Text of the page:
• With no native airport and few roads leading to and from the area, transportation options of getting to Sa Pa is extremely restricted. The most popular being by overnight train, or sleeper car. This means that you board a train from your starting point (most travellers bound for Sa Pa begin from Hanoi) and spend the night on it until you reach the following day. The train system runs both effeciently and punctually, having a full train schedule and prices for varying travelling groups. Whether you are moving with simply your significant other or more people, the sleeper cars will have the suitable accommodation for you. Visit the website hereto find a comprehensive train schedule from Sa Pa as well as booking links.

  • Prices vary between the different sleeper cars: but they can start from 155,000 VND and cost up to 2,350,000 VND depending on the size and the comfort level you desire your sleeper car to be.

By Motorbike Taxi (Xe Om)

  • With few asphalt roads and mostly narrow winding dirt paths, it is expected to see the omnipresent Vietnamese figure of the Xe Om filling the paths and roads of Sa Pa. They are mobile, cheap, quick and most drivers are part of the township itself. Some of these riders even speak English, so don't turn down this daunting-looking transport down when in Sa Pa, or indeed in any part of Vietnam.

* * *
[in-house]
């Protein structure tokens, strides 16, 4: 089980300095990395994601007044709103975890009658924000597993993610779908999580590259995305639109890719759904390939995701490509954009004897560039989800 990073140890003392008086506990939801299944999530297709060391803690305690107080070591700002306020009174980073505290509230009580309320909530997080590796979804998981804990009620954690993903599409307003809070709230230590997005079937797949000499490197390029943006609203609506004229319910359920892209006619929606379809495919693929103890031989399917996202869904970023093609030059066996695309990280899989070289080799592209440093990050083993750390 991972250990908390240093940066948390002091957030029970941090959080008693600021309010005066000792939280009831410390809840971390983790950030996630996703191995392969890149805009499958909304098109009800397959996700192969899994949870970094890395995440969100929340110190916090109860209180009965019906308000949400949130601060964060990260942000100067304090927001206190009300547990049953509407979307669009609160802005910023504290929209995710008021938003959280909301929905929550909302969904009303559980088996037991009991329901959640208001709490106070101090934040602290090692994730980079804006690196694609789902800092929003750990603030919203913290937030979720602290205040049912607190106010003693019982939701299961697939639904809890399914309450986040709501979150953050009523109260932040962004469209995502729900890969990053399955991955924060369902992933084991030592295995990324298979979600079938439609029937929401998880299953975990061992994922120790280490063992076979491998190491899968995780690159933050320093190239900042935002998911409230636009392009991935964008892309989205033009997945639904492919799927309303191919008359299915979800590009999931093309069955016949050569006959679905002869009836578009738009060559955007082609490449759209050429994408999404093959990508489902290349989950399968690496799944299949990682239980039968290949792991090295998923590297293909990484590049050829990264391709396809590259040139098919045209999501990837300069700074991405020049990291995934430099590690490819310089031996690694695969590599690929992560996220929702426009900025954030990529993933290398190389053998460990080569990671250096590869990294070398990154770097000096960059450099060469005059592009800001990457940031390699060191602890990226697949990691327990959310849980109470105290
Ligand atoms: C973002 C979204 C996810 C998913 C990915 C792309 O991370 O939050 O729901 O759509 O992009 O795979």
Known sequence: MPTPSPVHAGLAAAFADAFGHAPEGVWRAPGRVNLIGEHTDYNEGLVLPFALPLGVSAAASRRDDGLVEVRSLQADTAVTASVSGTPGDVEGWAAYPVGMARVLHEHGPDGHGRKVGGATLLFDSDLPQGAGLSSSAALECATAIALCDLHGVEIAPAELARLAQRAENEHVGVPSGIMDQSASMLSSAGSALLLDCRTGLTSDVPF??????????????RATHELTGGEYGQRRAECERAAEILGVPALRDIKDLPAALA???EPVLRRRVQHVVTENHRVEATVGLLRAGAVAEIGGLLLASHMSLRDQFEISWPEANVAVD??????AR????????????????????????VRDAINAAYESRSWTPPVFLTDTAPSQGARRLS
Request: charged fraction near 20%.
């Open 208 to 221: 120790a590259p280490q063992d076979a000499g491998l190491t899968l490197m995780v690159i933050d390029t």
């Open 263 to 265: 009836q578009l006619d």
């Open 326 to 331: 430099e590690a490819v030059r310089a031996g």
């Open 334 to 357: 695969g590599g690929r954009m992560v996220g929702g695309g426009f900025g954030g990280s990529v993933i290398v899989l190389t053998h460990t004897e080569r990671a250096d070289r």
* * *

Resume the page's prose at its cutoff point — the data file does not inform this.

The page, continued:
• Just like any other metered taxi cab, Xe Oms charge according to kilometres of the distance travelled to your destination. Prices can range from 10,000 to 15,000 VND.

By Motorcycle Rental

  • Another versatile mode of transport to get around Sa Pa, it is no wonder that renting a bike in Sa Pa becomes nigh impossible, making it a more sensible and safer option to book yours prior arriving in Sa Pa. This is to not only avoid would-be hustlers and sandbaggers, the weekend and holiday peak periods also lessen your chances of successfully renting one.

  • Generally, rental rates in Sa Pa start from 80,000 VND to 240,000 VND per day, depending on the make and type of your rental bike.

  • Local Operators: Lao Cai Tourism Information Center – No. 02 Fansipan, Sapa District, Lao Cai province. Contact: 043 994 2811 or +84 935 999 886 Hoang Ha Hotel - No. 08B, Thac Bac Street, Sapa Town, Sapa District, Lao Cai Province. Tel: 0203 872 535 or 0918 324 535 Mr. Nghia - 21 Thach Son. Sapa District, Lao Cai province. Tel: 0983 644588 or 0973865292.

By Foot

  • Sa Pa is one of the rare parts of Vietnam not choked with asphalt roads filled with local travellers and foreign visitors looking for that next special memory-maker in this strange and mystical land. Ironically, going on foot to some of your dsestinations in Sa Pa takes you longer than other modes of transport, meaning you are more likely to miss out on crowds all trying to reach the same place on time. Many tourists also agree that going on foot gives you a more unobstructed and deeper view of Sa Pa, allowing you to stray of the path to explore whatever whenever, as compared to being on some mode of transport. Be sure to book a local tour guide, and travelling around Sa Pa on foot will be an unforgettable experience for the books.